Les Deux Salons
A former Pitcher and Piano just off Trafalgar setting is the unlikely setting for Anthony Demetre’s latest venture. Tete de veau and andouilletes among the starters alert you to the hardcore French brasserie intentions. Even the sauce for my irresistible Herefordshire snail and bacon pie (£8.95) was creamily Gallic. Beef from Scotland and lamb from the Elwy valley pairs the finest British ingredients with masterly cross-Channel technique. As in the chef’s groundbreaking West End eateries Arbutus and Wild Honey wine comes in a variety of carafe sizes, enabling you to pair appropriate wines with each course. The concept is magnifique. At the hectic pre-theatre time we dined here, the service less so.www.lesdeuxsalons.co.uk.

If Les Deux Salons was perhaps trying too hard, we are in danger of taking for granted Henry Harris’s bastion of French bourgeois cuisine in Knightsbridge. Handy for Harrods, the Kensington Museums and confession in the Brompton Oratory, it offers a daily changing prix fixe menu at £15, but I’m inevitably tempted by old favourites on the carte that invariably include rabbit with mustard (or lapin au moutarde as the French staff refer to it) and Valrhona chocolate mousse. www.racine-restaurant.com .

Bistrot Bruno Loubet
Watching the saturnine M. Loubet vigilantly manning the pass of his open kitchen inside the Hotel Zetter in Clerkenwell you are suddenly transported to the culinary France of legend. In summer, tables spill out into a small square. The food has all the bright splashes of flavour you’d hope to find in some brilliant Povencal eaterie. His gurnard and cucumber, a superficially pallid prospect, remains my favourite fish dish of 2010. Hare Royale with celeriac puree, fondue of shallots and mushrooms (£19) still has me salivating.

As with Pierre Kofmann, another French culinary genius returning to the London restaurant scene after too long away, it is a disgrace Michelin 2011 didn’t recognise Loubet. Beautiful, affordable food and spot-on service. www.bistrotbrunoloubet.com.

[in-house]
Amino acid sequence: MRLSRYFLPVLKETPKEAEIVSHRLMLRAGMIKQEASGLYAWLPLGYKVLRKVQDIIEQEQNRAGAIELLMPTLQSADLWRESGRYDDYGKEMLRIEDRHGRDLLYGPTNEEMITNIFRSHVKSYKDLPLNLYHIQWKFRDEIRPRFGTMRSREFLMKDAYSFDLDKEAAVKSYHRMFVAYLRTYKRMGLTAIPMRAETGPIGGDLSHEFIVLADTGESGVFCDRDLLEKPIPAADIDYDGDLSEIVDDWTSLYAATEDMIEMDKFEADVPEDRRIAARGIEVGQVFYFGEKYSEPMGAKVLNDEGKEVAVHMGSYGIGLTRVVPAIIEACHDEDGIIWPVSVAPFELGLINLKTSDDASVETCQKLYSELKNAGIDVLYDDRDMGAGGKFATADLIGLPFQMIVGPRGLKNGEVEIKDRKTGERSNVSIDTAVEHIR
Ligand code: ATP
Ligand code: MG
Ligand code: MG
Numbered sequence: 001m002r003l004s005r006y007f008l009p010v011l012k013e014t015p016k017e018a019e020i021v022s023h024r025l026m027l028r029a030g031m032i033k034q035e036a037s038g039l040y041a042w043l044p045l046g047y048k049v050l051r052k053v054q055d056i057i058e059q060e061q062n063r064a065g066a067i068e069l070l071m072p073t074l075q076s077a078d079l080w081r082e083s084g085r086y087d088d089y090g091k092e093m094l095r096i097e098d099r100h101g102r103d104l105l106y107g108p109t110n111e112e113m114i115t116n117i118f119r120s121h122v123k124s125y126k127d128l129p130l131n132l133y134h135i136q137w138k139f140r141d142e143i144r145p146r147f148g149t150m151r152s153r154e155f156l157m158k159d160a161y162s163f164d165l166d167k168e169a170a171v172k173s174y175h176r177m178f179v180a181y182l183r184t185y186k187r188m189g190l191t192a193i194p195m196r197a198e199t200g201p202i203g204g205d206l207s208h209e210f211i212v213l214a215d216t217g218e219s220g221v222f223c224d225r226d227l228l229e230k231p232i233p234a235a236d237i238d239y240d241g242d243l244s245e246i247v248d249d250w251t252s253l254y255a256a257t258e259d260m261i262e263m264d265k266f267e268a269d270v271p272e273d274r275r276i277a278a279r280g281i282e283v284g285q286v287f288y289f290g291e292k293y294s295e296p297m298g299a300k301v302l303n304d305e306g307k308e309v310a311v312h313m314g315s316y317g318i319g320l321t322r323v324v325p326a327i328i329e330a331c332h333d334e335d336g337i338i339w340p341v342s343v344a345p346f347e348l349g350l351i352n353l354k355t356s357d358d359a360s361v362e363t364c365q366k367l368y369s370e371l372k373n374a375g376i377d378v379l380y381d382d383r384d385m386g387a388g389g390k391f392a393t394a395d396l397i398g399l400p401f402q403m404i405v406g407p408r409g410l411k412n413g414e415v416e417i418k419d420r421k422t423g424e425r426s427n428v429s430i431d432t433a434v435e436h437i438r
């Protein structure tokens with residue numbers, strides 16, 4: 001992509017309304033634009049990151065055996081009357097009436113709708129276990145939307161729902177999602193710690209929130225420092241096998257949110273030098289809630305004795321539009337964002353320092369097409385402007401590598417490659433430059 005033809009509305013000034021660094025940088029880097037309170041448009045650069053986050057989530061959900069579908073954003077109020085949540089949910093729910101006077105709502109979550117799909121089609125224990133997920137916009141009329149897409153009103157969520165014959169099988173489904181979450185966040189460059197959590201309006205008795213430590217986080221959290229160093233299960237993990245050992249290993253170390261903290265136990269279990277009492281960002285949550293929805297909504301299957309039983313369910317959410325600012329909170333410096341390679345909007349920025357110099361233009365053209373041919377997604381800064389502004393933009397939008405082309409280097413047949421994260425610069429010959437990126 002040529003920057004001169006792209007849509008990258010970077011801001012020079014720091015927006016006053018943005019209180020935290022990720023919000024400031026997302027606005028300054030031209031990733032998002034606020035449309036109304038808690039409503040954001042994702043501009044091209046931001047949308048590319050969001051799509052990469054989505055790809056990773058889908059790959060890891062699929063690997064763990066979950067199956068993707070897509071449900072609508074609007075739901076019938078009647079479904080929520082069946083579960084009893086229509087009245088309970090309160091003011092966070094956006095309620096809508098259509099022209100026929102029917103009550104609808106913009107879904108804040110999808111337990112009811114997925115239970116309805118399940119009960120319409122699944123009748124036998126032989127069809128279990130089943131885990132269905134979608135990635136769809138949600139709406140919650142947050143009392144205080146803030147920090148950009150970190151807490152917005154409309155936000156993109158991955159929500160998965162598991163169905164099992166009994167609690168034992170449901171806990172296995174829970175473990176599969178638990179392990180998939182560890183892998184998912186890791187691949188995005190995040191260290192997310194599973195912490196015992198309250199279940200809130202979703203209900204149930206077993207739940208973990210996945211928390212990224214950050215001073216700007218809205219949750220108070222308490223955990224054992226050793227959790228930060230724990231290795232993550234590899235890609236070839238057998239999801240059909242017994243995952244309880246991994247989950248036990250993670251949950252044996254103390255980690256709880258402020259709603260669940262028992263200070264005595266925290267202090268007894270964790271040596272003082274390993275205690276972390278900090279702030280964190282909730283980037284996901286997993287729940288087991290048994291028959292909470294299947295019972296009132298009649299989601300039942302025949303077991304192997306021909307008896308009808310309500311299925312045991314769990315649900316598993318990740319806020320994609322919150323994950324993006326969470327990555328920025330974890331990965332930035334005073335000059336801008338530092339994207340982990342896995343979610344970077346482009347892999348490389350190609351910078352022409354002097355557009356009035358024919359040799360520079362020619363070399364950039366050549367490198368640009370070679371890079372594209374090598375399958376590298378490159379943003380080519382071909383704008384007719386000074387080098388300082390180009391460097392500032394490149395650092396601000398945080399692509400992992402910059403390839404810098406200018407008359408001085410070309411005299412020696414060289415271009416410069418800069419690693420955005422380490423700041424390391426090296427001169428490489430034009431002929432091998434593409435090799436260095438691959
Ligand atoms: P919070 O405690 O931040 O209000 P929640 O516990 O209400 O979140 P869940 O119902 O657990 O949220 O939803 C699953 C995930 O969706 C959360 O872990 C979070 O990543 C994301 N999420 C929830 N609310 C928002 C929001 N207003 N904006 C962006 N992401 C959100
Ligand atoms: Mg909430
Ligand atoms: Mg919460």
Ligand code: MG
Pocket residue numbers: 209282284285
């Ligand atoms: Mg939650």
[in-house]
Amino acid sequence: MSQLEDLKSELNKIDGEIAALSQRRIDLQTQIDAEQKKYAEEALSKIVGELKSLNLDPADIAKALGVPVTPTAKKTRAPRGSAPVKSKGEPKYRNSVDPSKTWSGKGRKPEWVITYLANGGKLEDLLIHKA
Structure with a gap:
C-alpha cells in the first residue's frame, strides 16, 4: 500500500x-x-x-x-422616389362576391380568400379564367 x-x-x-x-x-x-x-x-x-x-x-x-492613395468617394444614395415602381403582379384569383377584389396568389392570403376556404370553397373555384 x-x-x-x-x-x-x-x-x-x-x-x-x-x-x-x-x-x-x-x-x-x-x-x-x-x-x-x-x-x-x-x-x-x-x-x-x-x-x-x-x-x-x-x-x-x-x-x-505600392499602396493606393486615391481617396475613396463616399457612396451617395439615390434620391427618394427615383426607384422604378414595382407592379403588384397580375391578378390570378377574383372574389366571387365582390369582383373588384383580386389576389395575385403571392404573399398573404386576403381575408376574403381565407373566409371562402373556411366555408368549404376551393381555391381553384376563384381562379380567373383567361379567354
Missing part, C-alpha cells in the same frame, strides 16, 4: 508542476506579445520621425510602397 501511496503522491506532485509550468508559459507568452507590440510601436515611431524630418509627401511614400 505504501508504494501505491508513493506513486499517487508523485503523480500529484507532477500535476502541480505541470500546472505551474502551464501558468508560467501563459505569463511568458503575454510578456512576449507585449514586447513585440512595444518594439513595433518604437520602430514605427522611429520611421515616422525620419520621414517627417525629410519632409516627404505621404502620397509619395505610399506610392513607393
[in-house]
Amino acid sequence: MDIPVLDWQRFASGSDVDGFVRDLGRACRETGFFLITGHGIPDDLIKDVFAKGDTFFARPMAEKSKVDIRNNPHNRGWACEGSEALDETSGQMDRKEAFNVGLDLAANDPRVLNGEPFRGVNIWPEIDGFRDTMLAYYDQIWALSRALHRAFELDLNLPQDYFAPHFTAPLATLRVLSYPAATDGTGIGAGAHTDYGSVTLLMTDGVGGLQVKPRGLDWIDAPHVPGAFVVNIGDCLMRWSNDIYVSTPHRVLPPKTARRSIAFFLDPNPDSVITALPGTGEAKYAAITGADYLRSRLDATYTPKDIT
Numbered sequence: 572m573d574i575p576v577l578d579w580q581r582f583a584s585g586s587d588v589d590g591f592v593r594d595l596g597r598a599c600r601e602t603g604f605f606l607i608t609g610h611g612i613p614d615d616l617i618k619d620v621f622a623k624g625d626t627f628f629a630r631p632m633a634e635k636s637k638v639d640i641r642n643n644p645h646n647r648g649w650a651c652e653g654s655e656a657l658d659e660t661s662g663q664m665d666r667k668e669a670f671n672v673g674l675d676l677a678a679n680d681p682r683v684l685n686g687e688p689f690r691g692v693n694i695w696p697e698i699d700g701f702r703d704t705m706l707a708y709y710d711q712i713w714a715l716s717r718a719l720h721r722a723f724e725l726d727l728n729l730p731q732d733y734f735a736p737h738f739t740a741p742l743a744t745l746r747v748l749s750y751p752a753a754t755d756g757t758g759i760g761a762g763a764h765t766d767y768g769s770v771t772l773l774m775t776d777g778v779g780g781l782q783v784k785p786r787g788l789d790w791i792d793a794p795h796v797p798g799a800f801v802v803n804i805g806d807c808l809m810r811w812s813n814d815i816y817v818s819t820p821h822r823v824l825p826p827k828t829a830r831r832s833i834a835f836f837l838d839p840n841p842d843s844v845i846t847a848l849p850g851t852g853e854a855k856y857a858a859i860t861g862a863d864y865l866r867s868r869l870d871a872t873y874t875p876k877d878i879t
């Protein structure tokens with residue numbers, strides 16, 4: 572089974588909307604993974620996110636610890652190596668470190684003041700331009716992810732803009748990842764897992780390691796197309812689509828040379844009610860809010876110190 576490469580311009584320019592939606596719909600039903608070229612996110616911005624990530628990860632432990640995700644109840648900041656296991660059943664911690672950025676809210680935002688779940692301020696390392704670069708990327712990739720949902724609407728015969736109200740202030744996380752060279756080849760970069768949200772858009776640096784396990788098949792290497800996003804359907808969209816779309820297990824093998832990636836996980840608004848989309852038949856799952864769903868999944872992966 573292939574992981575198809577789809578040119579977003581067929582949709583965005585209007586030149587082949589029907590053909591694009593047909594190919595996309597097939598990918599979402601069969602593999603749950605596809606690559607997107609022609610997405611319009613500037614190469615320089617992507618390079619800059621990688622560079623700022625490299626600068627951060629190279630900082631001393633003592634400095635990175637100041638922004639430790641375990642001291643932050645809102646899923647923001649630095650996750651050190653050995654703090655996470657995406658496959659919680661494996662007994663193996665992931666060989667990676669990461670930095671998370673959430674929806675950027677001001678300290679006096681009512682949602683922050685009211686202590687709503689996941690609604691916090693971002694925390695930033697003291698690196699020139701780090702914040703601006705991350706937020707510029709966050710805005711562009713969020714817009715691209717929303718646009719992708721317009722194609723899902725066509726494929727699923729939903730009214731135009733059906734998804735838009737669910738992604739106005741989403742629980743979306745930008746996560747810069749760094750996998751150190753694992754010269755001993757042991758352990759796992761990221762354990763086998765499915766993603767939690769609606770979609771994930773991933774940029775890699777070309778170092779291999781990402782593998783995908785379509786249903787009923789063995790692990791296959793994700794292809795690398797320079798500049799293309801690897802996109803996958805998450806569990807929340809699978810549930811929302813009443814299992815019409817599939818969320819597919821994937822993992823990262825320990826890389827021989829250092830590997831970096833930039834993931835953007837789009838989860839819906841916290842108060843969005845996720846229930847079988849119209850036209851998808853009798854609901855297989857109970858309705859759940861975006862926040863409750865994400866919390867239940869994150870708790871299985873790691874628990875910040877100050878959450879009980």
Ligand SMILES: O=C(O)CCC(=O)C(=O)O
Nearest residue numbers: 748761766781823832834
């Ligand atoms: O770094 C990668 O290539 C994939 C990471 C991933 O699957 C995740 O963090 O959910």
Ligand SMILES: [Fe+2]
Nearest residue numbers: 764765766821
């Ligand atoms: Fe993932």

I’ve still to try Koffman at the Berkeley (hopefully before spring), but Gordo raved about it here.

Ten minutes’ walk from London Bridge Station (and the handily-placed London Bridge Hotel), this newish Italian restaurant on Bermondsey Street run by an ex-River Cafe team, which explains the open plan kitchen and general buzz but not the terrific value. Portions are huge. Try the (Were)rabbit with pancetta or get entangled in one of their octopus specials. There’s no escaping the ubiquitous cephalods this season! www.zuccalondon.com.

Of course, if you are staying at London Bridge Hotel – and I highly recommend it – you are just a minute’s stroll from London’s food buying epicentre, Borough Market and the thriving cafe and shop culture that has built up around it.

Prices are a hike up from normal farmers’ markets and it’s best to get there early, do your shopping and then hole with a pint or two of Harveys Sussex Bitter up in The Market Porter pub. Gaze up at the shell of the Shard, its jagged spire already towering above the station and Southwark Cathedral and destined to be Europe’s tallest building. A stroll along the South Bank footpath to the Tate Modern will clear your head.

If you are looking for somewhere more central to stay, handy for West End theatres and several of the restaurants I recommend the Radisson Hampshire, bang on Leicester Square, a classy haven from the crowds. A room overlooking the Square is a great place to people watch and there is a terrific metropolitan buzz about the bar.

There’s a lot of redevelopment going on in the Square, with the central gardens boarded off. At the time of writing, a five star W Hotel is due to open, while a more boutique rival Fergus Henderson’s St John Hotel is also nearing completion in nearby Leicester Street. Expect more of the “nose to tail eating” Fergus is famous for.

Heading west and seeking a base for the great museums, Harrods or the Albert Hall?

London Bridge’s sister hotel, Kensington House, is surprising informal and affordable with a delightfully friendly staff. Rooms, though are on the small side.

Borough Market

Hampshire Hotel. Room prices start at £185. Radisson Edwardian Hampshire HotelLeicester Square, London WC2H 7LH.
Telephone: + 44 (0)20 8759 6311

Kensington House Hotel, 15/16 Prince of Wales Terrace, London W8 5PQ – weekend room rates start at £120 excluding VAT and including continental breakfast www.kenhouse.com.

London Bridge Hotel, 8-18 London Bridge Street, London SE1 9SG – weekend room rates start at £115 excluding VAT www.londonbridgehotel.com

Virgin Trains run up to 50 trains a day between Manchester and London. For details of services and fares, including special promotions, visit www.virgintrains.co.uk.

For timetable information ring National Rail Enquiries 08457 48 49 50.